“The Dr was young enough to be my daughter but she jumped on the gurney while we were still in the hallway and drove a very large needle into my chest to let the air out. No pain, no blood. I was told later that I had about two minutes before my heart quit from too much pressure in my chest. Four days later they put in a second chest tube in as the first one plugged. They knocked me out for the first chest tube, the second one was put in with a local by a different Dr. I could kinda feel the knife cutting but told the Dr to “do what you have to do” to say it hurt would be an understatement.”

“Nine days I spent in there and then when they sent me home, I felt like death warmed over. I was told not to shower until Saturday to keep the bandages dry. Early Saturday morning I woke up and started removing bandages, it took quite a while. When I got the last piece off, I was done. I was out of breath. Monday morning I went to our clinic and they cleaned up both holes from the chest tubes that were removed at the hospital. A staph infections… It took weeks to start feeling better. Its been a slow downhill ride ever since.”

I had asked Darren, on a previous call, about what he thought about during his hours and hours of working alone.

“I guess I just work better alone. For over 20 years I didn’t think I had a job so much as a hobby that paid well. Rarely did I go to work not wanting to go, I enjoyed my job, to take a bent up aluminum or steel propeller and make it look like new is a good feeling. Today, it’s the job at hand. Sometimes it’s trying to find something to occupy my mind on the Internet or messing around in my shop with little things instead of just get thinking of all the ambulance rides after 2016 and all the times I should’ve been dead.”

“I might be part cat because I already figured out that I have used up 8 lives”

“Like I said, I have been through the anxiety and depression thing. I phoned every phone number you can find on the Internet for help and information. The lung Association told me I should start knitting… really?!”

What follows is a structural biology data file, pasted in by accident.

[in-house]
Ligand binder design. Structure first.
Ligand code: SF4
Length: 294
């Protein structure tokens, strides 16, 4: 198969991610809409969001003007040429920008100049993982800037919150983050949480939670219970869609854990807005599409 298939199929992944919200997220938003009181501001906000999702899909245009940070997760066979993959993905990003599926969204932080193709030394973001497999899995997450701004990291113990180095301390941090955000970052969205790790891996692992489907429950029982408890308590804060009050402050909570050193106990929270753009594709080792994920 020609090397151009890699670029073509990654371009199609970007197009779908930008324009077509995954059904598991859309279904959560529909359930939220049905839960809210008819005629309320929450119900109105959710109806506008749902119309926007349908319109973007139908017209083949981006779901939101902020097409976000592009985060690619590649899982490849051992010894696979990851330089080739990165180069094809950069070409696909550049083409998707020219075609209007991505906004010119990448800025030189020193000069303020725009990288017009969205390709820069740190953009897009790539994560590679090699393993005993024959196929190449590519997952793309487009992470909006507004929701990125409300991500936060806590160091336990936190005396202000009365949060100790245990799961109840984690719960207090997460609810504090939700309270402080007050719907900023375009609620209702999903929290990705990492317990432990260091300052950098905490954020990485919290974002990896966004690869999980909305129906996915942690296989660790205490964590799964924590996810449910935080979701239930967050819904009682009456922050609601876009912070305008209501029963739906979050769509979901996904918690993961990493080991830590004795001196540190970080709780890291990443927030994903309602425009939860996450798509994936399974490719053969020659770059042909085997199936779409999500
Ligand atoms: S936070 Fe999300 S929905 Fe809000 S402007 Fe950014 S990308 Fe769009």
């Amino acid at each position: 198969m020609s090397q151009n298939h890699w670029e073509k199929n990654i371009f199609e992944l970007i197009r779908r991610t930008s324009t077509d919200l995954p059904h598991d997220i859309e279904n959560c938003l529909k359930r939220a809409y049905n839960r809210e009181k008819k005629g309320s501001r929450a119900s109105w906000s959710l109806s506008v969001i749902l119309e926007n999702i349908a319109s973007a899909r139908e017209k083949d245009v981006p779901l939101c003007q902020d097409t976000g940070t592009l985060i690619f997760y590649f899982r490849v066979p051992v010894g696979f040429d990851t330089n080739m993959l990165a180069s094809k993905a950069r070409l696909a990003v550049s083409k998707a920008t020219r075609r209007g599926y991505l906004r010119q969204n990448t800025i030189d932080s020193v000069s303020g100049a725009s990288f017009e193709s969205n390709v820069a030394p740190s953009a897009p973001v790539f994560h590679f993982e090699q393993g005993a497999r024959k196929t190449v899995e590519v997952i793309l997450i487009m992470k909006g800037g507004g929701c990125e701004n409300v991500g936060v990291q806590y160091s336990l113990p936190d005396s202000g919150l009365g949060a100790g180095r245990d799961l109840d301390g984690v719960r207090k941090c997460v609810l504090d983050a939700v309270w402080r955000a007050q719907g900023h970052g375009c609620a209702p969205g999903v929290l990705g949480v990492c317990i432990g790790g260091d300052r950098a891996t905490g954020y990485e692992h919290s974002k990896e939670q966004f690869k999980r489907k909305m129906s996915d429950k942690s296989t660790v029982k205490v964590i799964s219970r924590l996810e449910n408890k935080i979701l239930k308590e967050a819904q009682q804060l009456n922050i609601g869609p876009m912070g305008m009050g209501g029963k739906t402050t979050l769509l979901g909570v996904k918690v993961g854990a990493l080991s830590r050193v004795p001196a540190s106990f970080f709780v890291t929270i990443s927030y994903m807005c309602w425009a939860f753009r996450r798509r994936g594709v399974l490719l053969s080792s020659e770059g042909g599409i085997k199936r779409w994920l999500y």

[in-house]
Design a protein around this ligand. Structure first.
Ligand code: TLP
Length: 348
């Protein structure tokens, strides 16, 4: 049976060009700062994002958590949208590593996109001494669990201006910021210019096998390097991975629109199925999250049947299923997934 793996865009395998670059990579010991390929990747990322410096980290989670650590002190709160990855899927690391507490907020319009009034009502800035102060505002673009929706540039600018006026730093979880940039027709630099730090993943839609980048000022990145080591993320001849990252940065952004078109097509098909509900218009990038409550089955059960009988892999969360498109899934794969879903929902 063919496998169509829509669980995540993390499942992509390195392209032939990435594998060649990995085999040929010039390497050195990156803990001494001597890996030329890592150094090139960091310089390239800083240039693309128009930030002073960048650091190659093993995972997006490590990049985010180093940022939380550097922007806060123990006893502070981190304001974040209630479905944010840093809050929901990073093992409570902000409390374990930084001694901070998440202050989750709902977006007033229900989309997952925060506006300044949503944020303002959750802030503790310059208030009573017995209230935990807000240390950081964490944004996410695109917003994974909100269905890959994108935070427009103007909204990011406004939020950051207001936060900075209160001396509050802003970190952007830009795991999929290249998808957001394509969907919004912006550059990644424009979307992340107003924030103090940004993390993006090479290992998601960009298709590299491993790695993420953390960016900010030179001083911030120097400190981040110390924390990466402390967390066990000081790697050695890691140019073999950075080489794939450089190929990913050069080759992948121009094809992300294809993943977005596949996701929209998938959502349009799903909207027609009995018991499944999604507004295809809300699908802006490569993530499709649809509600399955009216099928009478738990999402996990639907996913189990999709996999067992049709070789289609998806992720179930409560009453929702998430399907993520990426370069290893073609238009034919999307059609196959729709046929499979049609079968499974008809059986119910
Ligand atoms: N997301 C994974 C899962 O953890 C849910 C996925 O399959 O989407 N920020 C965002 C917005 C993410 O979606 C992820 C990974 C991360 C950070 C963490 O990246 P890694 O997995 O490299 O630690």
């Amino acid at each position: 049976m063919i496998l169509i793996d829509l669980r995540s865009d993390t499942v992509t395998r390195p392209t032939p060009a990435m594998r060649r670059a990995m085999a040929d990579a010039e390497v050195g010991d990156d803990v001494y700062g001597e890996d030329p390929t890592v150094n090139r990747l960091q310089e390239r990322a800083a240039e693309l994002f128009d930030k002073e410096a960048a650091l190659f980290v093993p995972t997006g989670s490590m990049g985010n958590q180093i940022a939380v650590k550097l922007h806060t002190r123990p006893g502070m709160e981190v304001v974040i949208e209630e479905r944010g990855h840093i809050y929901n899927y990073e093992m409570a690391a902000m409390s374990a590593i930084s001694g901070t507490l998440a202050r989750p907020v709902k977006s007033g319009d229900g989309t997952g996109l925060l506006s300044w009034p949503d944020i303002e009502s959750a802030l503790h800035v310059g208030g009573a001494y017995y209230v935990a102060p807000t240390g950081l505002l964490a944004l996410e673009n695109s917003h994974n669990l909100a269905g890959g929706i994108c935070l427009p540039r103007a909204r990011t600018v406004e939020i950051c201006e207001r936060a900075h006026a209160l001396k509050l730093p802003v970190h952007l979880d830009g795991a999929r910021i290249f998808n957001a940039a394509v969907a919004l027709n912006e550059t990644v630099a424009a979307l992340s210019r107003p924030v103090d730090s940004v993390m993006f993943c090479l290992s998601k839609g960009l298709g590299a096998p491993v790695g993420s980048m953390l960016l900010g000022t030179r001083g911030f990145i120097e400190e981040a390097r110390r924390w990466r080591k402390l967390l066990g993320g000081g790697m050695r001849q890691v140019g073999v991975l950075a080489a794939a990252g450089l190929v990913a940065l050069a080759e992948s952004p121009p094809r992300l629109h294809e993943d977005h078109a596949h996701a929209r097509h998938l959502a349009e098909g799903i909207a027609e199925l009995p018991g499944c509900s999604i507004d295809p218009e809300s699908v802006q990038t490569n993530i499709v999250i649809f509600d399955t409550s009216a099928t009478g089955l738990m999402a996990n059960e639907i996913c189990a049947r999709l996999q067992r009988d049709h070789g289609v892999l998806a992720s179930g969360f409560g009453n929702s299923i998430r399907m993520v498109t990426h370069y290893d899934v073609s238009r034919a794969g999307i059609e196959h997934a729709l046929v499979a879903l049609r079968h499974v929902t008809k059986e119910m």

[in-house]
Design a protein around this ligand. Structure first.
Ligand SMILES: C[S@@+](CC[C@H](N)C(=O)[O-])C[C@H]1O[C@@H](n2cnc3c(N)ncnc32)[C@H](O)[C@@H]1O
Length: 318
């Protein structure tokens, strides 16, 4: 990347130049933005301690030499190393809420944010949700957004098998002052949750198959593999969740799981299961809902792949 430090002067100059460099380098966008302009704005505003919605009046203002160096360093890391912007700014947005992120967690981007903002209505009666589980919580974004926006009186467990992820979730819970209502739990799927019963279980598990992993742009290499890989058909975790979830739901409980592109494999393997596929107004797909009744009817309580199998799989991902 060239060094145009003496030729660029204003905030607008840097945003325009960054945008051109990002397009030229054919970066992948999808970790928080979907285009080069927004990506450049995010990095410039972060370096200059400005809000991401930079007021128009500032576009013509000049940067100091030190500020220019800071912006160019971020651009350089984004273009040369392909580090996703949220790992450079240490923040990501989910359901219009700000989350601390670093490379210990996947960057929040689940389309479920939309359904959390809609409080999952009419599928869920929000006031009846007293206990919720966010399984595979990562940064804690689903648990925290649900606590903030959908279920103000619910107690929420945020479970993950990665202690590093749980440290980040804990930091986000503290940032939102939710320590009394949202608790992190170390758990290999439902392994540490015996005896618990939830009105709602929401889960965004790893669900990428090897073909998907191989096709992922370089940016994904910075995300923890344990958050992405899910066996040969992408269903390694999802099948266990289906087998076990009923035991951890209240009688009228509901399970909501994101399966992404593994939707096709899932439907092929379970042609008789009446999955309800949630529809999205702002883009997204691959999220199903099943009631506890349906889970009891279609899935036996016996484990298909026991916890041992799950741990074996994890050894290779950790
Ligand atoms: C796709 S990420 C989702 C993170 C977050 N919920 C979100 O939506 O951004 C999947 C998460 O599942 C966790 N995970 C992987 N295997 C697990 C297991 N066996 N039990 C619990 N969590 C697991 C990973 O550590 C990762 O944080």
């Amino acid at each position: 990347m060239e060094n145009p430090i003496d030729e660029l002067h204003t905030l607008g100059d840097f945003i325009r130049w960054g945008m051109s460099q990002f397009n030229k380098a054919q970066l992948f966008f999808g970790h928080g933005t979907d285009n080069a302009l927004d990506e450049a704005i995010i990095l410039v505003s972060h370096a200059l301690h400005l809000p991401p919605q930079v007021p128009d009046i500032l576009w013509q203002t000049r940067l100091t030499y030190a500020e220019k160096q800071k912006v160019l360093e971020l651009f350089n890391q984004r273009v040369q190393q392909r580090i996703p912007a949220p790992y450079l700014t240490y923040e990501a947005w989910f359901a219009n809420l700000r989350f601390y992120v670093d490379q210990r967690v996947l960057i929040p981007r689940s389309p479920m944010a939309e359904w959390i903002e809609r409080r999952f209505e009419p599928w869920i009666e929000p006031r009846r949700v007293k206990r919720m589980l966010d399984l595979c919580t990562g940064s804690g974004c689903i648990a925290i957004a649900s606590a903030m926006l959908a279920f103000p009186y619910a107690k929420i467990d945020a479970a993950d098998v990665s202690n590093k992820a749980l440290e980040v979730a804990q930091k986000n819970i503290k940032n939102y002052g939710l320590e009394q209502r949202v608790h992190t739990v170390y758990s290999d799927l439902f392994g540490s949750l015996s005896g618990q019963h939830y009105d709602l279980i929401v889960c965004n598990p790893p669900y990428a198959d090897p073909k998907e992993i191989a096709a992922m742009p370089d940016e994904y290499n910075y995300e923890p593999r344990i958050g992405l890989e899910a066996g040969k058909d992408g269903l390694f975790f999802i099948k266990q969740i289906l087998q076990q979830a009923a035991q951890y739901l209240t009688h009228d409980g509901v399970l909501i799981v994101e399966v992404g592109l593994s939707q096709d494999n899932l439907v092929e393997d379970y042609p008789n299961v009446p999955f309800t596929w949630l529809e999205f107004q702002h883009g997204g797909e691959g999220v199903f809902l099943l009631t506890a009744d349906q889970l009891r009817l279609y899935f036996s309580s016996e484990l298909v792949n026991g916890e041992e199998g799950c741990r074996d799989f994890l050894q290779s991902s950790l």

“I felt like I had an empty feeling inside of me.”

“Then I finally did something that filled that hole inside of me. I tried so many times to go to church and I couldn’t even drive in the parking lot. Finally one day I did. I’ll give you the short version. I walked in there without my oxygen because I knew once I got in there, I wouldn’t be able to get out until I caught my breath. I was sitting in the back. I was panting like a dog, sweat running down my face and shaking like a leaf. I asked myself, what in the hell is wrong with you. This is Gods house. Finally, I calmed down.
Nobody listened to that priest closer than I did. Pretty soon it was time to get up for communion. I’m the only guy sitting down.
Finally, I told myself if I don’t get up and get in line, the Holy Spirit is going to come down here and kick me, I went to a catholic school, you know. So I got up and got in line. And when I walked out of there, that day, I haven’t felt that good in months and months and months”.

“I used to fill that void with material things… I’ve bought so much stuff over the years that I never needed and never used”

“I used to use my oxygen in the shower, now I am able to calm myself from the inside and go without. I have since learned to relax and remain calm in the shower.

I was overwhelmed when I heard Darren’s change of tone in this interview. His matter-of-fact approach to having found something that ‘lifted him up’ spiritually. When you have COPD and find it almost impossible to find the motivation, energy and breath to do the simplest tasks, you need something more.. something powerful. To look deep inside and draw on intrinsic reasons to keep going.
Darren discovered that his faith and spirituality could calm him. It helps him cope and keeps him positive.

As exercise rehabilitation professionals it is important that we help our clients with COPD get stronger physically to maximize their quality of life and better self-manage their condition, but we must also help our client’s look within themselves and together find the motivation and coping mechanisms to be able to act on our advice, carry through the activities as we coach them to continue along a positive path.

“My answer would probably not make me very popular with the drug companies but people need something more than the medication. Something spiritual as well as medical. Drugs will not fix everything.”

It was great insight as we look to develop a program that really seeks to make a difference. I am sure Darren may do a few things differently in his life looking back. But he is wise, and he is smart and he is a good person. He deserves to live his best life.
Like many with COPD, he grew up in an era which did not consider the consequences of smoking.
There is no place for stigma associated with lung disease, and people like Darren receiving optimal care, advice and rehabilitation.

Darren does not want to be able to lift 50lb dumb bells or run a half marathon. He wants to keep tinkering in his workshop. Lifting his hammer occasionally. Seeing his sons and living a positive, simple life. He wants to be Darren.

And we need to give many people just like Darren the hope and the help they need.